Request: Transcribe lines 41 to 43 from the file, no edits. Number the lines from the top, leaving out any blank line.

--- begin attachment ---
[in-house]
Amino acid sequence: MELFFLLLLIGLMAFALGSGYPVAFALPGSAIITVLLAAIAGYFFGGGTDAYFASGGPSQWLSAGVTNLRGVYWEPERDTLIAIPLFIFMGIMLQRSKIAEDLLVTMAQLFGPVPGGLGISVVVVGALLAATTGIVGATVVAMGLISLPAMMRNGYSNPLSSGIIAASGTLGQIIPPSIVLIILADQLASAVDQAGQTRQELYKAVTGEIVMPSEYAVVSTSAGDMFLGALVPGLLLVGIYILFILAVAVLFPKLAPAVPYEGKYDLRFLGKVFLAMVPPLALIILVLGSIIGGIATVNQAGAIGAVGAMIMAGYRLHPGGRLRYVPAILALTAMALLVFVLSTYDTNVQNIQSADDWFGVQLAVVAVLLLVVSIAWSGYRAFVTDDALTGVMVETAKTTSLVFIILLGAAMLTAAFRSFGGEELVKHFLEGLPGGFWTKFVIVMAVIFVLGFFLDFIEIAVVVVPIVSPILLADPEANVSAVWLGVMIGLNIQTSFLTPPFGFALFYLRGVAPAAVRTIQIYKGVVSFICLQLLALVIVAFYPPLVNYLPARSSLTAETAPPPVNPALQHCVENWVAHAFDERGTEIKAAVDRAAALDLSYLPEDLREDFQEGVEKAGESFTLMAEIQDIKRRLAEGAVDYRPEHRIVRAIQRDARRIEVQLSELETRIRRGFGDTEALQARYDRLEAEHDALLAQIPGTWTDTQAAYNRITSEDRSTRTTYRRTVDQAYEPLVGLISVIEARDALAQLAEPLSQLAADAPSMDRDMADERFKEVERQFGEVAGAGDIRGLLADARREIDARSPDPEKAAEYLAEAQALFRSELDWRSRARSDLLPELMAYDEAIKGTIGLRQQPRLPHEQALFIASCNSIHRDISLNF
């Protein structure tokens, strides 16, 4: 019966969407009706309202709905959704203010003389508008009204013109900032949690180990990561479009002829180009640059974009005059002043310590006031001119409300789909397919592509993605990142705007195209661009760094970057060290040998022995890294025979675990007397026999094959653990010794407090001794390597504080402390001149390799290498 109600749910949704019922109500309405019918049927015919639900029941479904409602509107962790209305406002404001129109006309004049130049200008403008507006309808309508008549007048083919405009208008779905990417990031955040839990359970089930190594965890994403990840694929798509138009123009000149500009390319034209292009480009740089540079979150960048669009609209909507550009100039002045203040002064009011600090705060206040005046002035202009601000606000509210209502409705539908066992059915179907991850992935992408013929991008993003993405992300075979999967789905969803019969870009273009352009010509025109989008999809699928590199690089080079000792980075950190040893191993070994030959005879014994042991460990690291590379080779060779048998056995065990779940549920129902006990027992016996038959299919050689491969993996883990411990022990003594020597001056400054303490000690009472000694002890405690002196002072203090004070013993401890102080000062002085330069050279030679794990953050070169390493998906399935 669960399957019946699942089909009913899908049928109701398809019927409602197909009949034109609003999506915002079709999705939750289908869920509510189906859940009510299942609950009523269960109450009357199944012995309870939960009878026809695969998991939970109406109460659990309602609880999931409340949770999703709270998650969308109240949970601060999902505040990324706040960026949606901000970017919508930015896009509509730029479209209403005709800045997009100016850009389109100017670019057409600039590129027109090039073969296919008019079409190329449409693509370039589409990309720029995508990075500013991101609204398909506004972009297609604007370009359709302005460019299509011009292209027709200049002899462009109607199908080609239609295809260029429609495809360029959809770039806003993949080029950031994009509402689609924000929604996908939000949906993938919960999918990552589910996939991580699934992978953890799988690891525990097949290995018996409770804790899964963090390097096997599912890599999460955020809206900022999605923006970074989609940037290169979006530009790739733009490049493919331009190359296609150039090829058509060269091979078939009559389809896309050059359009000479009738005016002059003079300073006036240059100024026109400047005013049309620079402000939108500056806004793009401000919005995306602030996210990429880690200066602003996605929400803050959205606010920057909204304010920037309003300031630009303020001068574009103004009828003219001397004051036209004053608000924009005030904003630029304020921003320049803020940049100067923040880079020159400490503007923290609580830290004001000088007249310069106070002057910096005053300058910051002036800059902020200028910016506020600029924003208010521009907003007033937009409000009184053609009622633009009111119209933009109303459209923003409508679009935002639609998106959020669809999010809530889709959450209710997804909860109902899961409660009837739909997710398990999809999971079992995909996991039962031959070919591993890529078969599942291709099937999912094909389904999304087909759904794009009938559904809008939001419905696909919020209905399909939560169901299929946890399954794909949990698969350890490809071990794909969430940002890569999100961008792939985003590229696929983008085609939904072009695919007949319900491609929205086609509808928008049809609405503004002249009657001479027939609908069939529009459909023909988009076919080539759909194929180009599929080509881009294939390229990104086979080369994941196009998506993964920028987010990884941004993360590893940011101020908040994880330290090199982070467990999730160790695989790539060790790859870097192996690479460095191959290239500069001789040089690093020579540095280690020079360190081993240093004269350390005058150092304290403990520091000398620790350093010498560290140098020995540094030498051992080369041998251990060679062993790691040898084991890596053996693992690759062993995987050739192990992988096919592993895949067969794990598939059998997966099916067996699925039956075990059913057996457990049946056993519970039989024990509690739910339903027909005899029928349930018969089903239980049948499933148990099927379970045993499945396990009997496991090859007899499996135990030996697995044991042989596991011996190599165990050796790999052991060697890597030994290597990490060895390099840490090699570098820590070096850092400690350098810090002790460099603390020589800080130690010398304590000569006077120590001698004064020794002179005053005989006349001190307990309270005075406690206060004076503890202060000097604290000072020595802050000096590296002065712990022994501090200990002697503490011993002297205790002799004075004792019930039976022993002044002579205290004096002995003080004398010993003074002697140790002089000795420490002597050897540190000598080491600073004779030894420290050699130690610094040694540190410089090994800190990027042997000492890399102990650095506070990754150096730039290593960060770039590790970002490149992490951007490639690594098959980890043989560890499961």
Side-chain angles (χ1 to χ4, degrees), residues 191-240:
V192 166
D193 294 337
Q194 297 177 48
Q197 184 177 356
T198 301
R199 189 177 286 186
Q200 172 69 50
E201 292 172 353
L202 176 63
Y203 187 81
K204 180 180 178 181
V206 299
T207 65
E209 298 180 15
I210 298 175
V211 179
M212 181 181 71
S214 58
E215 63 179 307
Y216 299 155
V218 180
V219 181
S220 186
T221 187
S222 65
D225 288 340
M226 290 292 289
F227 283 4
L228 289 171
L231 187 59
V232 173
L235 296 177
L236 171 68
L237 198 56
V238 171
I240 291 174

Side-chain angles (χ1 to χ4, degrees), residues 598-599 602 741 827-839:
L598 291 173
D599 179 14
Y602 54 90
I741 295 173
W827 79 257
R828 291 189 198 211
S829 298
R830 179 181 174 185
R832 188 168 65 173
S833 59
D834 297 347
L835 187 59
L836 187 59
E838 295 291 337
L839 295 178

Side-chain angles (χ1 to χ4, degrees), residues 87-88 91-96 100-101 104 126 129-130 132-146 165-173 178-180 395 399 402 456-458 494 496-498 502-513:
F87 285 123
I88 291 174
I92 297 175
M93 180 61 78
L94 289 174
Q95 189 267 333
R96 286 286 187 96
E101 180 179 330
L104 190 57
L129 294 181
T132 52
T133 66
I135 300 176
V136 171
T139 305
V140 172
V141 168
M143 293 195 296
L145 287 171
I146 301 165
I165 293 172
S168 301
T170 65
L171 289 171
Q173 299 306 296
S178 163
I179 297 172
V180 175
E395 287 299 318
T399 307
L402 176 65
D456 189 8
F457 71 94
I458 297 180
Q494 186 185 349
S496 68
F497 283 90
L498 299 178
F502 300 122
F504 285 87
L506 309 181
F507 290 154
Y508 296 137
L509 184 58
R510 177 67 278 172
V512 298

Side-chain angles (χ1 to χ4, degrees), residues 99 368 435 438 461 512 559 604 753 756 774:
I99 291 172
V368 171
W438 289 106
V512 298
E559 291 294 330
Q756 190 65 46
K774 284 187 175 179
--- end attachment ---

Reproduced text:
Side-chain angles (χ1 to χ4, degrees), residues 598-599 602 741 827-839:
L598 291 173
D599 179 14